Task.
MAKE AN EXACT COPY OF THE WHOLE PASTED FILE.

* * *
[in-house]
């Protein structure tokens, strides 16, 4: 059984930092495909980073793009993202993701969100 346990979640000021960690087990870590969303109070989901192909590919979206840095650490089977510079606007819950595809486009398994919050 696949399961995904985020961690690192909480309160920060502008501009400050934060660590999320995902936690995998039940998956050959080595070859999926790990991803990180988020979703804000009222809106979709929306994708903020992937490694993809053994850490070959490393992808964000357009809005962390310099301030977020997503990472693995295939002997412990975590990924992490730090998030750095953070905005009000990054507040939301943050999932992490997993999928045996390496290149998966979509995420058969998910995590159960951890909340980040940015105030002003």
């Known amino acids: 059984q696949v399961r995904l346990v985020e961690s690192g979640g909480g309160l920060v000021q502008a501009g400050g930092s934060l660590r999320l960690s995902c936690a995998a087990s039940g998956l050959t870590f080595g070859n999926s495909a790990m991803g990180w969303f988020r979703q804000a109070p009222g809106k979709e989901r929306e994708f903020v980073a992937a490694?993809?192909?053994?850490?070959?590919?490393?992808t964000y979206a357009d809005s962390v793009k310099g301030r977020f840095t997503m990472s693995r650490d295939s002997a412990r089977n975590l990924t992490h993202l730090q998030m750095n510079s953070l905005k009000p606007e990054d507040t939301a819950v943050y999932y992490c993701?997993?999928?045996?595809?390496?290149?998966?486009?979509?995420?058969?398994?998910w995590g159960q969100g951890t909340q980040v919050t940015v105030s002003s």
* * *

[in-house]
């Protein structure tokens, strides 16, 4: 059984930092495909980073793009993202993701969100 346990979640000021960690087990870590969303109070989901192909590919979206840095650490089977510079606007819950595809486009398994919050 696949399961995904985020961690690192909480309160920060502008501009400050934060660590999320995902936690995998039940998956050959080595070859999926790990991803990180988020979703804000009222809106979709929306994708903020992937490694993809053994850490070959490393992808964000357009809005962390310099301030977020997503990472693995295939002997412990975590990924992490730090998030750095953070905005009000990054507040939301943050999932992490997993999928045996390496290149998966979509995420058969998910995590159960951890909340980040940015105030002003």
């Known amino acids: 059984q696949v399961r995904l346990v985020e961690s690192g979640g909480g309160l920060v000021q502008a501009g400050g930092s934060l660590r999320l960690s995902c936690a995998a087990s039940g998956l050959t870590f080595g070859n999926s495909a790990m991803g990180w969303f988020r979703q804000a109070p009222g809106k979709e989901r929306e994708f903020v980073a992937a490694?993809?192909?053994?850490?070959?590919?490393?992808t964000y979206a357009d809005s962390v793009k310099g301030r977020f840095t997503m990472s693995r650490d295939s002997a412990r089977n975590l990924t992490h993202l730090q998030m750095n510079s953070l905005k009000p606007e990054d507040t939301a819950v943050y999932y992490c993701?997993?999928?045996?595809?390496?290149?998966?486009?979509?995420?058969?398994?998910w995590g159960q969100g951890t909340q980040v919050t940015v105030s002003s």